Obviously those kinds of changes can deeply alter your ability to distribute the ISO and have implications above the technical stuff. You should probably avoid spreading customized distribution or at least check for yourself what you can do and what cannot. Nevertheless, customizing ISO can really speed up some of your installation and, for that reason, is worth understanding.
Building a dummy packageThe goal here is to add a RPM to the regular Oracle Linux 7 ISO. To make it brief, it uses the simplest RPM you can probably create from the specification below:
cat dummy.spec Summary: A dummy package Name: dummy Version: 1.0 Release: 1 License: GPLv2 Group: System Environment/Base BuildArch: noarch %description A dummy package %filesYou should be able to create the associated RPM with the
rpmbuild -bb dummy.spec Processing files: dummy-1.0-1.noarch Provides: dummy = 1.0-1 Requires(rpmlib): rpmlib(FileDigests) <= [...] <= 3.0.4-1 Checking for unpackaged file(s): check-files dummy-1.0-1.x86_64 Wrote: /root/rpmbuild/RPMS/noarch/dummy-1.0-1.noarch.rpm Executing(%clean): /bin/sh -e /var/tmp/rpm-tmp.bR2LDH + umask 022 + cd /root/rpmbuild/BUILD + /usr/bin/rm -rf /root/rpmbuild/BUILDROOT/dummy-1.0-1.x86_64 + exit 0
Adding the RPM to the ISOTo rebuild the ISO, you should extract it in a regular directory as described in the first part of this article. We use a directory named
OL7for it. Once done, adding a RPM to an Oracle Linux 7 distribution only requires to add it to the
cp -p /root/rpmbuild/RPMS/noarch/dummy-1.0-1.noarch.rpm OL7/Packages/.
Rebuilding the RepositoryThe
createrepocommand is used to rebuild the repository index from the RPMs. Before you proceed, keep a copy of the
comps-Server.xmlfile. It contains the description of the various types of installation as well as their associated groups and packages.
cd OL7 cp repodata/*-comps-Server.xml comps.xmlRebuilding the repository requires to list the RPM and to run the
find Packages -iname "*.rpm"|sort > rpms.lst createrepo -o . -i rpms.lst . rm rpms.lst
Customizing the comps.xml FileTo link the RPM installation to an existing type of installation or to create new types of installation, the
comps-Server.xmlfile needs to be adapted. In this example, the dummy package is simply added to the
CoreGroup. To proceed, the red line below has simply be added to the package list:
<group> <id>core</id> <name>Core</name> ... <packagelist> ... <packagereq type="default">dummy</packagereq>Once the file changed, it can be added back to the
repodatadirectory with a prefix that is its SHA256 checksum:
cp comps.xml \ repodata/`sha256sum comps.xml|cut -d' ' -f1`-comps-Server.xml gzip comps.xml export SIG=`sha256sum comps.xml.gz|cut -d' ' -f1` mv comps.xml.gz repodata/$SIG-comps-Server.xml.gz
Opposite to Oracle Linux 6, OL7 doesn't allow to select a single RPM from the installer. That's why learning to edit this file, including adding news types of installation or addons is so useful...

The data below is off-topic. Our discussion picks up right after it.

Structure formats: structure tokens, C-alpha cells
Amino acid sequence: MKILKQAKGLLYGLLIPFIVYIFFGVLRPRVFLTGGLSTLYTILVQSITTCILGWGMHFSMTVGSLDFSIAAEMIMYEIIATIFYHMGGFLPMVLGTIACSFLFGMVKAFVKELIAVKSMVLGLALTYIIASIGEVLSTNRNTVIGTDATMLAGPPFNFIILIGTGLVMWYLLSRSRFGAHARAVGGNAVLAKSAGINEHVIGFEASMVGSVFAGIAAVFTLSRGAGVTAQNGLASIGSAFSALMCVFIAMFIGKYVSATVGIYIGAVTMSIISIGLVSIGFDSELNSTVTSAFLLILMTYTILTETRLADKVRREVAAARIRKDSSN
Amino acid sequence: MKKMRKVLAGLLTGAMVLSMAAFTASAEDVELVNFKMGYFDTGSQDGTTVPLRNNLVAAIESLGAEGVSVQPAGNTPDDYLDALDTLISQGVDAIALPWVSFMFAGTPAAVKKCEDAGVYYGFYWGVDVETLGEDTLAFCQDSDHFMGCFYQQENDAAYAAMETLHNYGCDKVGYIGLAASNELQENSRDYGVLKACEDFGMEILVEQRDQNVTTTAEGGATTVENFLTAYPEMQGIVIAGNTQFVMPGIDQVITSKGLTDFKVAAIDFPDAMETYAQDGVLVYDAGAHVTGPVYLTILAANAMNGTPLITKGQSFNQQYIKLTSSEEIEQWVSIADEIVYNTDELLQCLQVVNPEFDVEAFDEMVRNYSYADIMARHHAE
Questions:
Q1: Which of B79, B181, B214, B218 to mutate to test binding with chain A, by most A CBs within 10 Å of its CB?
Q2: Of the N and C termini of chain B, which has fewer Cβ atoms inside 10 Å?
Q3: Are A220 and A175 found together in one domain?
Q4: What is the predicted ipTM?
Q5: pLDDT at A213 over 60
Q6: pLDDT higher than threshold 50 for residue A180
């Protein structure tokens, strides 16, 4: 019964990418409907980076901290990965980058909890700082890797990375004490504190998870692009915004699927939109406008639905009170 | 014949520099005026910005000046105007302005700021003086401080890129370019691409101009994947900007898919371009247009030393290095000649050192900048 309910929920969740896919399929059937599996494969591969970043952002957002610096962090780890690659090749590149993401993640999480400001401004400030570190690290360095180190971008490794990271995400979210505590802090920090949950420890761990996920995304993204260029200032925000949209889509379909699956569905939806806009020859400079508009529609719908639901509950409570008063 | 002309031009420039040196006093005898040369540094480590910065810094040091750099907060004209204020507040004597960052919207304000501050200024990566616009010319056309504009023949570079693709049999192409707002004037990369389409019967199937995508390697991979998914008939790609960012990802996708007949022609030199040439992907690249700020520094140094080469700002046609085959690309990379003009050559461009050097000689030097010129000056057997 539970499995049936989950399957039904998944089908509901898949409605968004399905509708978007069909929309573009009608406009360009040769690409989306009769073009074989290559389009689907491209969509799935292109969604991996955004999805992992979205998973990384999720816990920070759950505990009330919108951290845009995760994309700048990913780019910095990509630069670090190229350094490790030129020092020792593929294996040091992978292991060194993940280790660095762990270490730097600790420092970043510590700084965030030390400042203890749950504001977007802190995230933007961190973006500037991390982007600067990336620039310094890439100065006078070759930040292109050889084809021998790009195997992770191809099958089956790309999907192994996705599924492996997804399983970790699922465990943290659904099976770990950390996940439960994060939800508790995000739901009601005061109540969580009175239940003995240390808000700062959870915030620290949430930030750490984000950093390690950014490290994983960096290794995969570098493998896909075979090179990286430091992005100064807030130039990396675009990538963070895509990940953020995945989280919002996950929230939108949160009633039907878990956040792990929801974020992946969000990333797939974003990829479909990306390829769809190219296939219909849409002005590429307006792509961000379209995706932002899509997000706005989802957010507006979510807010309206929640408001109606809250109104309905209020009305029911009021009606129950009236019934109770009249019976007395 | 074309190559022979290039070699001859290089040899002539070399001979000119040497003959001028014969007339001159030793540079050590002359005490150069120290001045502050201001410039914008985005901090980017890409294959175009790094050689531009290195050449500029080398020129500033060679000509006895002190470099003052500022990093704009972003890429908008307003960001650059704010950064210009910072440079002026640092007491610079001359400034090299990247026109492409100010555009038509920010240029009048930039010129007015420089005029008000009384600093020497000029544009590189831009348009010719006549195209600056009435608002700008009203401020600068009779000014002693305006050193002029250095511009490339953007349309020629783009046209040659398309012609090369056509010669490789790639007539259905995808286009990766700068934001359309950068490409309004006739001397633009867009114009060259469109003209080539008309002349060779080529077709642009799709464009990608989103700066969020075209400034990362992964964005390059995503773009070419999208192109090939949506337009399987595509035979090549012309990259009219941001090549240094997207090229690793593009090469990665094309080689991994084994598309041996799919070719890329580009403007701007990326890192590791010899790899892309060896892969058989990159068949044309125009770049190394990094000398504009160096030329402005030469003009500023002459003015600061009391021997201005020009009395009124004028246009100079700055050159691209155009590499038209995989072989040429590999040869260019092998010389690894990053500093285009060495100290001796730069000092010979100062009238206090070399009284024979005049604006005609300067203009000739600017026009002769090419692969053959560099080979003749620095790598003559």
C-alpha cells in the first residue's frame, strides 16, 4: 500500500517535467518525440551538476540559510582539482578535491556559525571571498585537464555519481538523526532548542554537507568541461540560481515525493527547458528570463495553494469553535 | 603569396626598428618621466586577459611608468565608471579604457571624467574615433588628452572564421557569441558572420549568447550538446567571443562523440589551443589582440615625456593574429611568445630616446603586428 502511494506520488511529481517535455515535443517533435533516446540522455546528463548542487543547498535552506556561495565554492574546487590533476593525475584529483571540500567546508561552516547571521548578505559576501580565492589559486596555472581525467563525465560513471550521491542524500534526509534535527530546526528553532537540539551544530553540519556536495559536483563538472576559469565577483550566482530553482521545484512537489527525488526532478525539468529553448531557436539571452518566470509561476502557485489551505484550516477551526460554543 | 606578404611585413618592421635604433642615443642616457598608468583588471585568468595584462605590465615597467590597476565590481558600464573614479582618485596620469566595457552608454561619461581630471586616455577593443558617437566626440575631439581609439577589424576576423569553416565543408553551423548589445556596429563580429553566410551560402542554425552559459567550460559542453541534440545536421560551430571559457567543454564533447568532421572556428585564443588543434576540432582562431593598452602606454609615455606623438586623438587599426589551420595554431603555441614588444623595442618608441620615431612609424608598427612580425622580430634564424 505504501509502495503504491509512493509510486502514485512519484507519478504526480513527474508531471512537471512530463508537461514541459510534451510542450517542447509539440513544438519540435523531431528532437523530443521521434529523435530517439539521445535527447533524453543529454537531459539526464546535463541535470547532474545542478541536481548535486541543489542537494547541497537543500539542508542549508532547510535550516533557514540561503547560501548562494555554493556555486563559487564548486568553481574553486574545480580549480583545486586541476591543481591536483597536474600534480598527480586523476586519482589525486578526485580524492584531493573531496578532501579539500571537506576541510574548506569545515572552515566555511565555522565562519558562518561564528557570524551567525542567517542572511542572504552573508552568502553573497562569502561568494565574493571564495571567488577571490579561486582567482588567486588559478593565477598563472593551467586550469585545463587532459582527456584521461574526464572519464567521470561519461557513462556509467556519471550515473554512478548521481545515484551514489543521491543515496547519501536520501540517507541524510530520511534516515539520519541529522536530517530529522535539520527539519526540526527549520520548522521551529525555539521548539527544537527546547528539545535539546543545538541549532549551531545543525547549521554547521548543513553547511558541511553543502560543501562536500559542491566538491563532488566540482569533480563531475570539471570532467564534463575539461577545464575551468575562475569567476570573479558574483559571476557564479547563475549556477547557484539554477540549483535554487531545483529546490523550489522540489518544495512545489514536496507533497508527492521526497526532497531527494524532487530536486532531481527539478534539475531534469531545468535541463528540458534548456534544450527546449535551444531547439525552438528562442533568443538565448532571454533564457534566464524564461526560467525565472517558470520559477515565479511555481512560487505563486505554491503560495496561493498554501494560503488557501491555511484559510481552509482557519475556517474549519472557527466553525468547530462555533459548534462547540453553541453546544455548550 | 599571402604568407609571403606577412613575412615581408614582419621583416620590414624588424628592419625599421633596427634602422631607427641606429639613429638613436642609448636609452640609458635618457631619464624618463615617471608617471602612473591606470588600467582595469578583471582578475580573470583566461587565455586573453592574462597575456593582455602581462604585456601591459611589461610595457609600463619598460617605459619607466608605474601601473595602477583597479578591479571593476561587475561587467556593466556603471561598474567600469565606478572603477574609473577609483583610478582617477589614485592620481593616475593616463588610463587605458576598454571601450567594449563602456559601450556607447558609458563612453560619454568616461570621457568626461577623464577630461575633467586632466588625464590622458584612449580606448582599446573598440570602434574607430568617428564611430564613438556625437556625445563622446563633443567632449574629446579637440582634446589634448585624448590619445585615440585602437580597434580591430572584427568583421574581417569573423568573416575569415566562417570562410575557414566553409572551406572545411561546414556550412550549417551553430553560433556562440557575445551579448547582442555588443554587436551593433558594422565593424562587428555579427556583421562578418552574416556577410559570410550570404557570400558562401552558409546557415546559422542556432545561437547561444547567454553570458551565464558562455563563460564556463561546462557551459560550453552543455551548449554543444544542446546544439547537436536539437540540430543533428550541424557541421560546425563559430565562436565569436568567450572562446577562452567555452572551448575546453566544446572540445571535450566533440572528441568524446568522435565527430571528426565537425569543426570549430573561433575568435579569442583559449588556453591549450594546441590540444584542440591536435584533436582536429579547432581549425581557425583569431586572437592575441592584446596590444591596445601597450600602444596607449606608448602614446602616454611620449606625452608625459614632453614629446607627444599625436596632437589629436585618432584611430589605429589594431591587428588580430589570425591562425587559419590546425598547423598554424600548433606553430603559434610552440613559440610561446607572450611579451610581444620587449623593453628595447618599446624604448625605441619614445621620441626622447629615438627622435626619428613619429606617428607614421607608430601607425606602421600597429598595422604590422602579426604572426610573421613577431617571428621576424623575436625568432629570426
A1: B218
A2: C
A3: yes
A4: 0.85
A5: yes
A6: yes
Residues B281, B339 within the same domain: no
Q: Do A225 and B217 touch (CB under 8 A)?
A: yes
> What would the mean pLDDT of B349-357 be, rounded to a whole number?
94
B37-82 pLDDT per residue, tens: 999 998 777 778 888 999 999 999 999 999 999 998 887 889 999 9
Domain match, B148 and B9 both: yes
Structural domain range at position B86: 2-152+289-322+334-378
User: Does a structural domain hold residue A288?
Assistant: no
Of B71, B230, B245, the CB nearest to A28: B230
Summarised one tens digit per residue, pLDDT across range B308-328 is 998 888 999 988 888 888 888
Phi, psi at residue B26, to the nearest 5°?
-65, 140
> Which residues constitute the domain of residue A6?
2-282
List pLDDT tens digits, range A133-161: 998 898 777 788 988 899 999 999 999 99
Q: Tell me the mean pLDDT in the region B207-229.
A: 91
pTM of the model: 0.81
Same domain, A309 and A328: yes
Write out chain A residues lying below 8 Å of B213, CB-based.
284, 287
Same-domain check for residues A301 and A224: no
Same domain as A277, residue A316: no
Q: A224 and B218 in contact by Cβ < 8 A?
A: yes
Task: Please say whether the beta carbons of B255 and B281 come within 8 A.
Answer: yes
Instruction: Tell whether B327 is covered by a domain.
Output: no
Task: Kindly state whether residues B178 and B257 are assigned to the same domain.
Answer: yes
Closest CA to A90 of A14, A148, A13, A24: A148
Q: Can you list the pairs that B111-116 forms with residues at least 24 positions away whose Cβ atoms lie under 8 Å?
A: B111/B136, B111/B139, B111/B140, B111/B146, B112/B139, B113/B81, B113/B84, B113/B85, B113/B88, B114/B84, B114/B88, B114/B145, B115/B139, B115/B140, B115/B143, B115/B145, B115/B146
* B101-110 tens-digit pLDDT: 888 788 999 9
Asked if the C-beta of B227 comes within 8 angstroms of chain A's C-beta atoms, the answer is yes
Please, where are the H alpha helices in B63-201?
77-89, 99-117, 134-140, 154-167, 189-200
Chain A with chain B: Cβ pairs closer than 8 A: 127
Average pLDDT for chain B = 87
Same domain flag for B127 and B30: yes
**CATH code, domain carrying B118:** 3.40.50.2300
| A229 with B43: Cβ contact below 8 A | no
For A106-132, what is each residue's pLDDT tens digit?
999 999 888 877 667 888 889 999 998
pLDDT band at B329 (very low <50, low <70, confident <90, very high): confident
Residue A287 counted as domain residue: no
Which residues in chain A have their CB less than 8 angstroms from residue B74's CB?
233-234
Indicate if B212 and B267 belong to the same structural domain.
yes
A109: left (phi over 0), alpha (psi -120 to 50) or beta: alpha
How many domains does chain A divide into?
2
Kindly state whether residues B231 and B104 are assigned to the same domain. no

Referencing files in repomd.xmlTo finish with the customization, the file and its compressed counterpart should be referenced in the
repodata/repomd.xmlfile. Check the size, creation time and name of the files with the command below:
cd repodata ls -l --time-style=+%s *comps-Server.xml* -rw-r--r--. 1 root root 632976 1406309424 1fee86c5fdabac0aa1609cf27e7a75fbbf6bec94602a3dda9b2e69a3056f215d-comps-Server.xml -rw-r--r--. 1 root root 137762 1406309422 7943914c495c230c524d38caf65d364d25d04005782a98afbce3bbd9ec64d042-comps-Server.xml.gzAdapt and add the 2 sections below to the repomd.xml file:
<data type="group"> <checksum type="sha256">1fee86c5fdabac0aa1609cf27e7a75fbbf6bec94602a3dda9b2e69a3056f215d</checksum> <location href="repodata/1fee86c5fdabac0aa1609cf27e7a75fbbf6bec94602a3dda9b2e69a3056f215d-comps-Server.xml"/> <timestamp>1406309424</timestamp> <size>632976</size> </data> <data type="group_gz"> <checksum type="sha256">7943914c495c230c524d38caf65d364d25d04005782a98afbce3bbd9ec64d042</checksum> <open-checksum type="sha256">1fee86c5fdabac0aa1609cf27e7a75fbbf6bec94602a3dda9b2e69a3056f215d</open-checksum> <location href="repodata/7943914c495c230c524d38caf65d364d25d04005782a98afbce3bbd9ec64d042-comps-Server.xml.gz"/> <timestamp>1406309422</timestamp> <size>137762</size> </data>
Recreating the ISOThe ISO can simply be recreated with
implantisomd5as already described
mkisofs -r -T -J -V "OL-7.0 Server.x86_64" \ -b isolinux/isolinux.bin \ -c isolinux/boot.cat \ -no-emul-boot -boot-load-size 4 \ -boot-info-table \ -o OracleLinux7.iso OL7/ implantisomd5 OracleLinux7.iso
Testing the ISOLast but not least, the ISO must be tested. That's where Virtualbox comes to help.
Customizing ISO can be very useful to speed-up installation you don't want to automate with kickstart. It makes easy to upgrade Oracle Linux DVD with the latest Kernel and updates. As you've probably already figured out its also very easy to add any file or program...
To learn more about the subject of this post, we may want to read: How to use and edit comps.xml for package groups.